This is an issue that has raised some interest at the regulatory conference. So let me expand further on my earlier thoughts – made more concrete through various conversations here in Brisbane.
Let’s focus on a simple example. Pick a regulated sector with no competition, like electricity transmission. There is no issue of public and private firms competing. In Victoria the transmission system is private and owned by SPAusNet. (Of course, this is 52% owned by Singapore Power which is ultimately owned by the Singapore government – but let’s not go there given recent political comments on foreign ownership). In most other states the electricity transmission networks are government owned. The systems are regulated by the Australian Energy Regulator (AER). Should the AER treat the transmission systems identically despite different ownership?
Well, why not? Let’s take a couple of simple examples. Part of the return that a private utility requires is the compensation for sovereign risk. The government may intervene in a way that harms the private company and this will be reflected by investors requiring a higher return to compensate (a nice presentation at the conference using European data illustrated this). So if the transmission company is private, the private-company return set by the regulator may be, say, 4% above the risk free rate, of which 1% is compensation for sovereign risk and 3% relates to ‘other’ risk. (The numbers are purely for illustrative purposes).
What if the transmission company is government owned? The ‘other’ risk is still there and this involves a return of 3% above the risk free rate. But there is clearly no sovereign risk. The government does not need a return to protect it from itself! So what ‘return’ should the regulator build into electricity prices through transmission charges for the government-owned transmission company? The 4% risk that the private firm faces or the 3% risk that deducts the 1% sovereign risk that is irrelevant for the public firm? If we regulate the companies the same regardless of ownership, then the answer is 4%. But this distorts electricity prices by compensating the government-owned company for a risk that it does not face.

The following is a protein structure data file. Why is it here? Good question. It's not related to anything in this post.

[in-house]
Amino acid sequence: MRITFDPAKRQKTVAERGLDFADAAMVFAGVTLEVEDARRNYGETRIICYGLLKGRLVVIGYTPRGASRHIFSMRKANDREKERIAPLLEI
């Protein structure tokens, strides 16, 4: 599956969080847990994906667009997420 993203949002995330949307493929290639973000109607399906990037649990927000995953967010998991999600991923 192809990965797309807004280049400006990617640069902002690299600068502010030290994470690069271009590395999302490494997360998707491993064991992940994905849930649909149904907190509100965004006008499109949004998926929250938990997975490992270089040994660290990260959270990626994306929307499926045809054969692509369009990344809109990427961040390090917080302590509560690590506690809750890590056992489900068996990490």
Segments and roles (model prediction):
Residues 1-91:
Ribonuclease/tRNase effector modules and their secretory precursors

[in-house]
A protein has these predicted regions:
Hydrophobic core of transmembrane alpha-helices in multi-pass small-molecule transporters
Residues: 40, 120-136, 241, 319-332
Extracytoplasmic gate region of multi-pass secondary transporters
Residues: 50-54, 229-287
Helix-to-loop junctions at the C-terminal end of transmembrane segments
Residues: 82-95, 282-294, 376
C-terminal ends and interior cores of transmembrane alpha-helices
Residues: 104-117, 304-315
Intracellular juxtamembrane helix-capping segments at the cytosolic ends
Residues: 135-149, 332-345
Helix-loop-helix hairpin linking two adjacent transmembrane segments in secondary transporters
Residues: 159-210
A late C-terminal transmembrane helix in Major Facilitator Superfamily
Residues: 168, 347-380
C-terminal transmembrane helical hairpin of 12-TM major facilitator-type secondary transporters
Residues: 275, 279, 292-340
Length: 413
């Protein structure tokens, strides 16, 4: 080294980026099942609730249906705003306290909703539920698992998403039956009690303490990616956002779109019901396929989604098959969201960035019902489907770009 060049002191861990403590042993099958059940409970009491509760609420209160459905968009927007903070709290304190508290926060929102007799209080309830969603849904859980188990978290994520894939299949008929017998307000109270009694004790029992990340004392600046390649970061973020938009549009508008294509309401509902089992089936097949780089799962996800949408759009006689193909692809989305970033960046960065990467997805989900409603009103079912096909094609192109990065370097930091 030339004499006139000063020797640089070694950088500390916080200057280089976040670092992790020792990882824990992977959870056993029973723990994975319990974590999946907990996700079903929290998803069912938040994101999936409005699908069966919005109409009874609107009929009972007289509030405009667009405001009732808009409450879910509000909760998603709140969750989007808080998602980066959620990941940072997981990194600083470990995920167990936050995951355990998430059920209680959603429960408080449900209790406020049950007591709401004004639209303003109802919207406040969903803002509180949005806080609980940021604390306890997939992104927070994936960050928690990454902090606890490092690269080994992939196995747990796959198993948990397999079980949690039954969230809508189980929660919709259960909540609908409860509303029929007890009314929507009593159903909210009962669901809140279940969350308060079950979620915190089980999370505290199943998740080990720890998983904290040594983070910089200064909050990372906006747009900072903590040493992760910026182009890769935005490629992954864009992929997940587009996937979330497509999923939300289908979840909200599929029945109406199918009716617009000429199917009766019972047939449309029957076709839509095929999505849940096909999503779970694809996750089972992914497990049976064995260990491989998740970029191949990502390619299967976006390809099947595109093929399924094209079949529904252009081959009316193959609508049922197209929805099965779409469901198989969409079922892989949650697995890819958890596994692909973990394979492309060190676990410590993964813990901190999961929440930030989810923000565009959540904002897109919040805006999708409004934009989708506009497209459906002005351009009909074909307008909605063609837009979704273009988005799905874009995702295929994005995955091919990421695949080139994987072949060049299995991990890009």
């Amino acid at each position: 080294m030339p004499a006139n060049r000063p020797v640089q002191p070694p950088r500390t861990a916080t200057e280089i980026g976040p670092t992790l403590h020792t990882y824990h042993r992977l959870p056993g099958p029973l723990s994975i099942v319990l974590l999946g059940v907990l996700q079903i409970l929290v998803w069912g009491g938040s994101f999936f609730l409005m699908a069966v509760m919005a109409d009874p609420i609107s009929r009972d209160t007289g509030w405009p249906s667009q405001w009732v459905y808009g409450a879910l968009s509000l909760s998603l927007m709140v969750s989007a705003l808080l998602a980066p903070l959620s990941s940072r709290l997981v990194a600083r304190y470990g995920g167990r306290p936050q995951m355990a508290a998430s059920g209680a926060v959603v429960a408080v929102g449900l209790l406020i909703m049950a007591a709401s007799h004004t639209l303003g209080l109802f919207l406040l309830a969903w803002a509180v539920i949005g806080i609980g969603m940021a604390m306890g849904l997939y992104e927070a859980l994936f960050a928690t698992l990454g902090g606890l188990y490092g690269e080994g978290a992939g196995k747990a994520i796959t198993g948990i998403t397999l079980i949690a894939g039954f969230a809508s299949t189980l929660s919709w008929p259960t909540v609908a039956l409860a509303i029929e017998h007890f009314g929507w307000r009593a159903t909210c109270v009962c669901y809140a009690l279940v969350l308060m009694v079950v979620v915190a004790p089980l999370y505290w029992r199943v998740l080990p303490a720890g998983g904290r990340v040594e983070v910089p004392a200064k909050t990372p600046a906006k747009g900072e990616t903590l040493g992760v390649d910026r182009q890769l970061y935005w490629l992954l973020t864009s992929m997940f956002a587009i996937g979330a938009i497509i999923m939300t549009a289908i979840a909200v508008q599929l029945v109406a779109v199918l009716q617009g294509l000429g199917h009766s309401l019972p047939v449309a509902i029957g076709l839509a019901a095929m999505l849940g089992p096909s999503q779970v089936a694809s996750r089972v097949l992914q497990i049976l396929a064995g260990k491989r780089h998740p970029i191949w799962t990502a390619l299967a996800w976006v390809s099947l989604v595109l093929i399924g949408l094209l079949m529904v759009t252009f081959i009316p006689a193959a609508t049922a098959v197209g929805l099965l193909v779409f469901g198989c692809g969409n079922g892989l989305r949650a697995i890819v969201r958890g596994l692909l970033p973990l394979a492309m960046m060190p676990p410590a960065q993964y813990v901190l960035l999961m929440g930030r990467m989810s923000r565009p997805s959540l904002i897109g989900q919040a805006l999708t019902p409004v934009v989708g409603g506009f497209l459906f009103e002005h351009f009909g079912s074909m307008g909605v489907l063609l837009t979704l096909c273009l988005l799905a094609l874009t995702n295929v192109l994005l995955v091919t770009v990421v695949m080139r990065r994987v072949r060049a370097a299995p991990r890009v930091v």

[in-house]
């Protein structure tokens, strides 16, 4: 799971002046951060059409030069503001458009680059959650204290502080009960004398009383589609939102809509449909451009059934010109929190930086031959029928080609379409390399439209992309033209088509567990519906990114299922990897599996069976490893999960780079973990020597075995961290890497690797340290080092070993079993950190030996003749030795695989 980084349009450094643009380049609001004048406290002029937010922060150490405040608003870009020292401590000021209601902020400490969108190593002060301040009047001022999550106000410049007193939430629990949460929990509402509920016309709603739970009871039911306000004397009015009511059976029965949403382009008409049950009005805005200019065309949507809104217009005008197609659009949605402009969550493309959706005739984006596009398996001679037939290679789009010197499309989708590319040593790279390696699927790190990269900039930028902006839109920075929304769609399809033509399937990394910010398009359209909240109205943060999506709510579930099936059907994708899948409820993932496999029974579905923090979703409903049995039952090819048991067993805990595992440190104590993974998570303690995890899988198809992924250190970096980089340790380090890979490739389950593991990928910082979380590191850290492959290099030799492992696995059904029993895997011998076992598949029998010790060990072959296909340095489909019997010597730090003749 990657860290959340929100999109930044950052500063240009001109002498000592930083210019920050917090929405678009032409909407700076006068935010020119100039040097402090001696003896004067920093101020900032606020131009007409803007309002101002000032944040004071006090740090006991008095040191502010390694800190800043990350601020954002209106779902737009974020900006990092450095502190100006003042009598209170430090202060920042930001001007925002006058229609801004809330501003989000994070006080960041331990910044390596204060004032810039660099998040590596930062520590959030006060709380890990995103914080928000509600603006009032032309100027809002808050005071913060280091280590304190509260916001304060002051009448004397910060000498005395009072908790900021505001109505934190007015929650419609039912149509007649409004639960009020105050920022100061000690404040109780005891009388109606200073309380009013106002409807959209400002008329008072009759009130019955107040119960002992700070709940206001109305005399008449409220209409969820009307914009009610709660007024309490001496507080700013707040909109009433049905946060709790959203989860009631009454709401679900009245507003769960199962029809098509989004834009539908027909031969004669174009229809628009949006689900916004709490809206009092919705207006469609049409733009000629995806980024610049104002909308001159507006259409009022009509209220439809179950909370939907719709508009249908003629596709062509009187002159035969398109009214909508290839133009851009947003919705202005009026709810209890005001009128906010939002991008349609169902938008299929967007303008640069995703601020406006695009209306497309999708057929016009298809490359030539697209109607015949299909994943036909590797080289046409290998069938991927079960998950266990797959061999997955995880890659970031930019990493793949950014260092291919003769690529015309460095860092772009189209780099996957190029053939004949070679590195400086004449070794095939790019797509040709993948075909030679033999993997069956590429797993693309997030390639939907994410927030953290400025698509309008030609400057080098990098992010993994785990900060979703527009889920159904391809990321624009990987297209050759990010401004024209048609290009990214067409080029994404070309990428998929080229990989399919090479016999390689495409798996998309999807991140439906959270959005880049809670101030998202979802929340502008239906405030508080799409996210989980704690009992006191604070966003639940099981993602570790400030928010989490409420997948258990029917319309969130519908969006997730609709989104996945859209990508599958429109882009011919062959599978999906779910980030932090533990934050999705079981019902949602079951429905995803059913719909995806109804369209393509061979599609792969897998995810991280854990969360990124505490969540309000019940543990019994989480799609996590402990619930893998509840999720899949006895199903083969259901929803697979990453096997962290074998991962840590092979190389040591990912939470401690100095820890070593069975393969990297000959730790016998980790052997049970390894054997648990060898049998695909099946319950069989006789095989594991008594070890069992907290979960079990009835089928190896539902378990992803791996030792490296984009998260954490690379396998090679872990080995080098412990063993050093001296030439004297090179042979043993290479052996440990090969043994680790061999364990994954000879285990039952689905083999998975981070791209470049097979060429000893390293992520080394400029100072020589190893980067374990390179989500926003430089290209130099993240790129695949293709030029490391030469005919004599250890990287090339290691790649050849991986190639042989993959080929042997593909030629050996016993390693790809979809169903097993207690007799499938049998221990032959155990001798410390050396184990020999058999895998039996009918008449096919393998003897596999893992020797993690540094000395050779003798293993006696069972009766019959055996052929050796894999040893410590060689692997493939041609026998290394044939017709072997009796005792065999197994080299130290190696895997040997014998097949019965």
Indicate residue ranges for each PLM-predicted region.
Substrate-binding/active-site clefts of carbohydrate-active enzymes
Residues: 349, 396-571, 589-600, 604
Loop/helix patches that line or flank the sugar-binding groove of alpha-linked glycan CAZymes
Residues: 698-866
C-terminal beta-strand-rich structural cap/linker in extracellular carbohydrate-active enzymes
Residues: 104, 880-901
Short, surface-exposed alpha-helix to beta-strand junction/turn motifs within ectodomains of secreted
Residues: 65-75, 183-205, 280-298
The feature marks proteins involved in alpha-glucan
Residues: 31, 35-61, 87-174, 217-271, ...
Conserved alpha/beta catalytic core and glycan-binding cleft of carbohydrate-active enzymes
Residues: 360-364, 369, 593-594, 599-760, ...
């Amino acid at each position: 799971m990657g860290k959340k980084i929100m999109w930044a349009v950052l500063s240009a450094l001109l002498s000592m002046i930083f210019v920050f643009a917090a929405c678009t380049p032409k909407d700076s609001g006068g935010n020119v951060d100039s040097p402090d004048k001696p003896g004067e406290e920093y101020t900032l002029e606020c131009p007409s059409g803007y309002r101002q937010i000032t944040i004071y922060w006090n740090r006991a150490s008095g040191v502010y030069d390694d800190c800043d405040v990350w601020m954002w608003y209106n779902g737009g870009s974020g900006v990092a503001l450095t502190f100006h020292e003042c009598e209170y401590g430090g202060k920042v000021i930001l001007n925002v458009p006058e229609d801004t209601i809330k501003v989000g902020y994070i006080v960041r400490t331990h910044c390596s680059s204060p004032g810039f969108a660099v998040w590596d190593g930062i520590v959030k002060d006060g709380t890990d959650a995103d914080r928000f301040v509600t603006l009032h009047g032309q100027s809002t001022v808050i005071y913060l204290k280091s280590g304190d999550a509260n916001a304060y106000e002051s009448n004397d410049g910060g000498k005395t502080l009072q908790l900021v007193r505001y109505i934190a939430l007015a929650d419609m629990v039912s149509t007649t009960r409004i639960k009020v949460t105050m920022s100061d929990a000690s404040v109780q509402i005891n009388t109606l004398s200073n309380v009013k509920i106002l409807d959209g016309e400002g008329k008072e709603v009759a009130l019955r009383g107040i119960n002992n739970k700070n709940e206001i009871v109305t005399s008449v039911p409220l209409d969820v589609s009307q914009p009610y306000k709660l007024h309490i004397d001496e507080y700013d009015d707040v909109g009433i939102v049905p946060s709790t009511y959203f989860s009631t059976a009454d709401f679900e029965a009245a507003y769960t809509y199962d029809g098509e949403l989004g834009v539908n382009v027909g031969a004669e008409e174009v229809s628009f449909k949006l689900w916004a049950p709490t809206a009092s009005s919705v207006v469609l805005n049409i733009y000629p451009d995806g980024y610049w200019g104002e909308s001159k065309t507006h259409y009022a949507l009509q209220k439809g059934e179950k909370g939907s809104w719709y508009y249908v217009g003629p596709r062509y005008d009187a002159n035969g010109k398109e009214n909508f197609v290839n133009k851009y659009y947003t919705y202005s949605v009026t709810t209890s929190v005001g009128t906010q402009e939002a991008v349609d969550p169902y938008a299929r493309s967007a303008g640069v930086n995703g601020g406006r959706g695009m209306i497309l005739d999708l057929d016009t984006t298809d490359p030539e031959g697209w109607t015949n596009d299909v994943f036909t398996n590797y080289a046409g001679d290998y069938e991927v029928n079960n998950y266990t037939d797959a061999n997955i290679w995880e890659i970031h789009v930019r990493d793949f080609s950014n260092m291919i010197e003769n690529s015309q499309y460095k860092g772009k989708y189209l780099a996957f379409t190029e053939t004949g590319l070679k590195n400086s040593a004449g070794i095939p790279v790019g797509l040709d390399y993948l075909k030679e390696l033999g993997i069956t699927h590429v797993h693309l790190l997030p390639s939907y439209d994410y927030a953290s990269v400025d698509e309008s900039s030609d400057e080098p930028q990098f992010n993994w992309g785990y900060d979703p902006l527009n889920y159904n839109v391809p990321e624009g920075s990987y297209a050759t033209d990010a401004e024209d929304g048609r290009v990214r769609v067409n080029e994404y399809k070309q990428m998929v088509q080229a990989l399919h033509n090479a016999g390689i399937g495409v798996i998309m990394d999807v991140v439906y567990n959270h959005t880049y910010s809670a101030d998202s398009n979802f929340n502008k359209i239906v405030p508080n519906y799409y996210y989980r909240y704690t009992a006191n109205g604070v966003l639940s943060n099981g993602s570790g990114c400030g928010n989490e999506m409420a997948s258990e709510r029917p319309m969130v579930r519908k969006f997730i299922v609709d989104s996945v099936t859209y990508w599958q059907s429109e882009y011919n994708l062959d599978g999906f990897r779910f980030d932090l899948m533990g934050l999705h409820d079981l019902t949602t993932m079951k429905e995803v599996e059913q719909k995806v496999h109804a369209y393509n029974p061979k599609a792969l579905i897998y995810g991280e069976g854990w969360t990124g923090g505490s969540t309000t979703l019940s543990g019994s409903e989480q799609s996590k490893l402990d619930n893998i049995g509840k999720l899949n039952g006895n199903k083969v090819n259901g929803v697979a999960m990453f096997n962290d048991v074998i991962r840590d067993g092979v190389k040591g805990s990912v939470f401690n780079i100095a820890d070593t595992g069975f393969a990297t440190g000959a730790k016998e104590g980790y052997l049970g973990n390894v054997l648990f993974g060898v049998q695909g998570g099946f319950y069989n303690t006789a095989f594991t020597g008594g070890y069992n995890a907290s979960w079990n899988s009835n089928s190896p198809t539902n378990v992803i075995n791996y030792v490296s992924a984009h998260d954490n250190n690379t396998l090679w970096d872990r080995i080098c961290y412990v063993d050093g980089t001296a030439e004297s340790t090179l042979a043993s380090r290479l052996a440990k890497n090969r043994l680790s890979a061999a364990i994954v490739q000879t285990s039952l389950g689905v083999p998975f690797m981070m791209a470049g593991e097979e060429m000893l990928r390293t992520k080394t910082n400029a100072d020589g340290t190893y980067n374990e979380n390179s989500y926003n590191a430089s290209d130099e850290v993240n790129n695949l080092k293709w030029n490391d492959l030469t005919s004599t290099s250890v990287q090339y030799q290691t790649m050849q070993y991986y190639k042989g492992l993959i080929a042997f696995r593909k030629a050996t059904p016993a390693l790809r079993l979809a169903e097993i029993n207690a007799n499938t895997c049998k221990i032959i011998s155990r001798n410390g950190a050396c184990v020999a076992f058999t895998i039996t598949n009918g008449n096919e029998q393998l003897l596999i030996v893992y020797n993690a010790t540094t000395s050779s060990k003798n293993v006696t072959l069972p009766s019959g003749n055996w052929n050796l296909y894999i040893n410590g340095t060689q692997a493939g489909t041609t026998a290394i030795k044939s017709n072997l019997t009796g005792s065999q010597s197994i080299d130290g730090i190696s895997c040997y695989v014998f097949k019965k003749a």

Let’s take another example. Suppose the private firm is more efficient at reducing operations and maintenance costs than the public firm. Further, this inefficiency is not something that can be corrected ‘by force’. It just reflects that public sector managers and private owners (and their managers) face different incentives. These incentives are beyond the regulator’s control.
So we know that under private ownership a particular cost will be $1 per kWh of electricity transmitted. Under public ownership the cost will be $2 per kWh. The regulator allows the privately owned transmission company to build this cost into electricity prices, at $1 per kWh. But should it do the same for the public firm or should it build in the higher cost of $2 per kWh?
It could be argued that the regulator should only allow $1 even though the cost to the public firm is $2. After all why should electricity consumers be required to pay a cost that arises solely due to government ownership?
The counterargument is that if the cost is really $2, then this should be incorporated into the price to ensure consumers see the full cost of their electricity consumption. If they only paid $1 per kWh when the cost is $2 per kWh then they will use too much electricity and create an economic loss. So, according to this argument, the regulator should include the true cost of $2 in the transmission prices set by the government-owned company.
In both these cases, I am dubious of the ‘regulate regardless of ownership’ argument. I am happy to be shown that I am wrong – but as these (and numerous other) examples show, this is an issue that Australian regulators need to think about.